Hi Rachel!

Welcome to AQ Connect. I hear your voice a little bit here, with terms like frenemy and bff, I know it's a teenager talking, but (without knowing much about the novel) I am guessing that it is more character driven than plot driven. Show us more of your character. Interesting details are great. Overall, just more detail. I can't really picture what the plot is about. The only detail that stands out in my mind is the positive pregnancy test. That sounds important. If it is important to the story, maybe you should play it up more.

Good luck!

Sharon

#3 JMB

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Posted 11 June 2011 - 04:47 AM

Sharon made some excellent comments. Be more specific about the plot points and characters. I can't tell if the bff is the same person as the frenemy. I assume the frenemy is a girl since that's the usual case but the bff sounds like a boy whose run off with a slutty girl.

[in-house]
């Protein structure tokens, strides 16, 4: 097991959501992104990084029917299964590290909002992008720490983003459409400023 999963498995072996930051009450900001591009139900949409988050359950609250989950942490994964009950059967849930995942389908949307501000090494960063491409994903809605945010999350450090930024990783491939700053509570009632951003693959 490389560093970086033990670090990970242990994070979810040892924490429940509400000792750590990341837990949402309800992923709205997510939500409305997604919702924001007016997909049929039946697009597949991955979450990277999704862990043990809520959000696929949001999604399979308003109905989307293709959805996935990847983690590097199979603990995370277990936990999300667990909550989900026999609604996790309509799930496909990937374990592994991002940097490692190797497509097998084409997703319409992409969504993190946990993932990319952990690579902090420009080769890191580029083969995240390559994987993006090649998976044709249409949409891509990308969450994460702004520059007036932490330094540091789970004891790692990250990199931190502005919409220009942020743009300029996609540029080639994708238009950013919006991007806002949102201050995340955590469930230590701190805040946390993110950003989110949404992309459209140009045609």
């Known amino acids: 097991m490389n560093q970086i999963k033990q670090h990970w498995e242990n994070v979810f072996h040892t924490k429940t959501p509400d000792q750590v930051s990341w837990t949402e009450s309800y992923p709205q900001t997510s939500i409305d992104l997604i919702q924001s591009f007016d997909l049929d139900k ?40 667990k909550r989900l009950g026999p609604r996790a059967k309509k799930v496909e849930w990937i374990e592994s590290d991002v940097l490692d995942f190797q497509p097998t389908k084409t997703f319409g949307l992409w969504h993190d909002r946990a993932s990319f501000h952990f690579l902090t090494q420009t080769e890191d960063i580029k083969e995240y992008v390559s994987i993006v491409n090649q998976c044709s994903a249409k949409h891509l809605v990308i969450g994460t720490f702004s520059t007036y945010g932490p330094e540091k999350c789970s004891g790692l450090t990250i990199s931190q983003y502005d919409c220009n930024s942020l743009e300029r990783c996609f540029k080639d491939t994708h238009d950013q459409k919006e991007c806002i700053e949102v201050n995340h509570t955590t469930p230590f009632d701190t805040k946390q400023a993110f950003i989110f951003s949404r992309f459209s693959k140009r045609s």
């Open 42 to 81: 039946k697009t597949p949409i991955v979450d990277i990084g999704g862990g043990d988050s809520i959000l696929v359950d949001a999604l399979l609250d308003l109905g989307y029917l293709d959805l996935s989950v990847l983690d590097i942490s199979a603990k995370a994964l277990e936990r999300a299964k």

The opening hook only confuses. I read it four times and still have no idea what you are saying.

And how is the pregnancy of a HS senior in this day and age going to interfere with Ivy League dreams? The MC must be too poor to afford the abortion, Christian, or have some other motivation for resisting the easy way out. If this is the crux of your story, start the query with that dilemma.

And don't say its a realist/feminist novel. That's what agents call telling. Show us by giving us the MC's voice and describing the conflict she faces in realistic/feministic terms. For example, "Reared on a steady diet of Helen Gurley Brown and blah blah blah by her bra-burning, flower-power mother, eighteen-year-old Olivia Spencer never thought she'd end up pregnant days before her senior prom. And she sure never thought she'd hesitate over the idea of getting an abortion. But ...."

Finally, 50,000 words is too short for a YA novel. Writers digest and agent Mary Kole (kidlit.com) have some excellent posts about novel length by genre.

Hope this helps.

#4 JNKhoury

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Posted 11 June 2011 - 04:10 PM

There’s nothing like facing manipulation at the hands of a boy you were only dating to shut up a frenemy, but that’s exactly where Olivia Spencer accidentally ends up. Huh? I second JMB on this one. Not sure what you're trying to say here.